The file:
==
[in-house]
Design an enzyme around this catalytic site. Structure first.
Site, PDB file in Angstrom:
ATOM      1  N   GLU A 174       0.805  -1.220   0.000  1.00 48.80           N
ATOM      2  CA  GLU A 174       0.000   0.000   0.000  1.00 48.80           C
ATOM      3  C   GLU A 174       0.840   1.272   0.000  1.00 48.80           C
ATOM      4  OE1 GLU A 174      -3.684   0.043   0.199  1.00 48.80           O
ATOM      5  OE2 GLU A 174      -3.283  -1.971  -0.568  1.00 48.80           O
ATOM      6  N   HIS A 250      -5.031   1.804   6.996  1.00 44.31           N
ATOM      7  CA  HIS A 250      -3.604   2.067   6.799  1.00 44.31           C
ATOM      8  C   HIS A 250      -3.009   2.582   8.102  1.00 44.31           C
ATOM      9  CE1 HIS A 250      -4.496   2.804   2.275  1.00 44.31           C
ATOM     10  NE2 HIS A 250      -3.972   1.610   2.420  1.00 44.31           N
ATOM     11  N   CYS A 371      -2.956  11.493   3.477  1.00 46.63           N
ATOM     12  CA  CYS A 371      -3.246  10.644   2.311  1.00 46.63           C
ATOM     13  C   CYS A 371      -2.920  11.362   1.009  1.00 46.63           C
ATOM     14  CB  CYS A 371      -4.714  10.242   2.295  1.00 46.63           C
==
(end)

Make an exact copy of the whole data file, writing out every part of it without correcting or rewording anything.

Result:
[in-house]
Design an enzyme around this catalytic site. Structure first.
Site, PDB file in Angstrom:
ATOM      1  N   GLU A 174       0.805  -1.220   0.000  1.00 48.80           N
ATOM      2  CA  GLU A 174       0.000   0.000   0.000  1.00 48.80           C
ATOM      3  C   GLU A 174       0.840   1.272   0.000  1.00 48.80           C
ATOM      4  OE1 GLU A 174      -3.684   0.043   0.199  1.00 48.80           O
ATOM      5  OE2 GLU A 174      -3.283  -1.971  -0.568  1.00 48.80           O
ATOM      6  N   HIS A 250      -5.031   1.804   6.996  1.00 44.31           N
ATOM      7  CA  HIS A 250      -3.604   2.067   6.799  1.00 44.31           C
ATOM      8  C   HIS A 250      -3.009   2.582   8.102  1.00 44.31           C
ATOM      9  CE1 HIS A 250      -4.496   2.804   2.275  1.00 44.31           C
ATOM     10  NE2 HIS A 250      -3.972   1.610   2.420  1.00 44.31           N
ATOM     11  N   CYS A 371      -2.956  11.493   3.477  1.00 46.63           N
ATOM     12  CA  CYS A 371      -3.246  10.644   2.311  1.00 46.63           C
ATOM     13  C   CYS A 371      -2.920  11.362   1.009  1.00 46.63           C
ATOM     14  CB  CYS A 371      -4.714  10.242   2.295  1.00 46.63           C